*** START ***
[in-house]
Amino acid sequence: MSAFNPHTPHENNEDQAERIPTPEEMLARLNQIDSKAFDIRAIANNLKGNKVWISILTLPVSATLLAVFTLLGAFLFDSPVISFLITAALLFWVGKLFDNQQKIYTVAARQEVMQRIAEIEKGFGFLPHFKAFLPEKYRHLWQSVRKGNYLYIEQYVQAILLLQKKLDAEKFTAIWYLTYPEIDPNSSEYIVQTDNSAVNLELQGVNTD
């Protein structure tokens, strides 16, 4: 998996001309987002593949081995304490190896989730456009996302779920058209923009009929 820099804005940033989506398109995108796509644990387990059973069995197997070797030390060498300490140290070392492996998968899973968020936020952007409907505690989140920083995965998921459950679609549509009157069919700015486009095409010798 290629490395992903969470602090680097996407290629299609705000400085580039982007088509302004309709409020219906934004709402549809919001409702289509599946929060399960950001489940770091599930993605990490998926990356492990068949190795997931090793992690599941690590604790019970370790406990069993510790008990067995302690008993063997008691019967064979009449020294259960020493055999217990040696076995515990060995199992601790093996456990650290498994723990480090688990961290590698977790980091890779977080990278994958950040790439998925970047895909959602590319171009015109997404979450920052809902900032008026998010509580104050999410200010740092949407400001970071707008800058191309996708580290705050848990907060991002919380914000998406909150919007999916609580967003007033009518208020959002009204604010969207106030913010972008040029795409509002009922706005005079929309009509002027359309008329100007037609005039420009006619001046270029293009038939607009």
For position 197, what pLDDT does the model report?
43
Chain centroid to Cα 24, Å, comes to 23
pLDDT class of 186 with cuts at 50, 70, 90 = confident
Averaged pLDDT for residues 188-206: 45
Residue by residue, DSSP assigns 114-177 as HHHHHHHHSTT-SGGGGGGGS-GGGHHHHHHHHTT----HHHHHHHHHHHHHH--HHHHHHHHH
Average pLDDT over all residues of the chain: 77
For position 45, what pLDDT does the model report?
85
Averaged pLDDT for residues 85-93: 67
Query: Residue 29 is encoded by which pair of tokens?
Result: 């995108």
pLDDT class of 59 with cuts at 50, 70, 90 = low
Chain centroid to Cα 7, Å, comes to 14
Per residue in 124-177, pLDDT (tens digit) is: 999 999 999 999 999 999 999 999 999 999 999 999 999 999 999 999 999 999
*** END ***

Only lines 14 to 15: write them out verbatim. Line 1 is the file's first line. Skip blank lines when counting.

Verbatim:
Query: Residue 29 is encoded by which pair of tokens?
Result: 């995108």